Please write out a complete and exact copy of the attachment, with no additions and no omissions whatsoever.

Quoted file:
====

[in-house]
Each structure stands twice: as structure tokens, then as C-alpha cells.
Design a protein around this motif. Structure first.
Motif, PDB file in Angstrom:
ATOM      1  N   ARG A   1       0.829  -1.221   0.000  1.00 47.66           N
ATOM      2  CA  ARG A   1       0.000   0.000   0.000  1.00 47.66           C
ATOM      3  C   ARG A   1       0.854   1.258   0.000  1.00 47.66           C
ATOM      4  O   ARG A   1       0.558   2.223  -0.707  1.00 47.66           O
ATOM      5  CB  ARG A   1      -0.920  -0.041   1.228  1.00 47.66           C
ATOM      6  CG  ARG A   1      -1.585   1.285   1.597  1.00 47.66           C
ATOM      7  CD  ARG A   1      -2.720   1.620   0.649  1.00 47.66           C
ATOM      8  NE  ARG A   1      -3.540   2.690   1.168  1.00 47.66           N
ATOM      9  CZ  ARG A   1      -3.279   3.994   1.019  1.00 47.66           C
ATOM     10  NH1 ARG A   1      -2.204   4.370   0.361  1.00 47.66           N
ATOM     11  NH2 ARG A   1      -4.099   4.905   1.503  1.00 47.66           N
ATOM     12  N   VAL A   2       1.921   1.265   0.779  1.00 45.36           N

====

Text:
[in-house]
Each structure stands twice: as structure tokens, then as C-alpha cells.
Design a protein around this motif. Structure first.
Motif, PDB file in Angstrom:
ATOM      1  N   ARG A   1       0.829  -1.221   0.000  1.00 47.66           N
ATOM      2  CA  ARG A   1       0.000   0.000   0.000  1.00 47.66           C
ATOM      3  C   ARG A   1       0.854   1.258   0.000  1.00 47.66           C
ATOM      4  O   ARG A   1       0.558   2.223  -0.707  1.00 47.66           O
ATOM      5  CB  ARG A   1      -0.920  -0.041   1.228  1.00 47.66           C
ATOM      6  CG  ARG A   1      -1.585   1.285   1.597  1.00 47.66           C
ATOM      7  CD  ARG A   1      -2.720   1.620   0.649  1.00 47.66           C
ATOM      8  NE  ARG A   1      -3.540   2.690   1.168  1.00 47.66           N
ATOM      9  CZ  ARG A   1      -3.279   3.994   1.019  1.00 47.66           C
ATOM     10  NH1 ARG A   1      -2.204   4.370   0.361  1.00 47.66           N
ATOM     11  NH2 ARG A   1      -4.099   4.905   1.503  1.00 47.66           N
ATOM     12  N   VAL A   2       1.921   1.265   0.779  1.00 45.36           N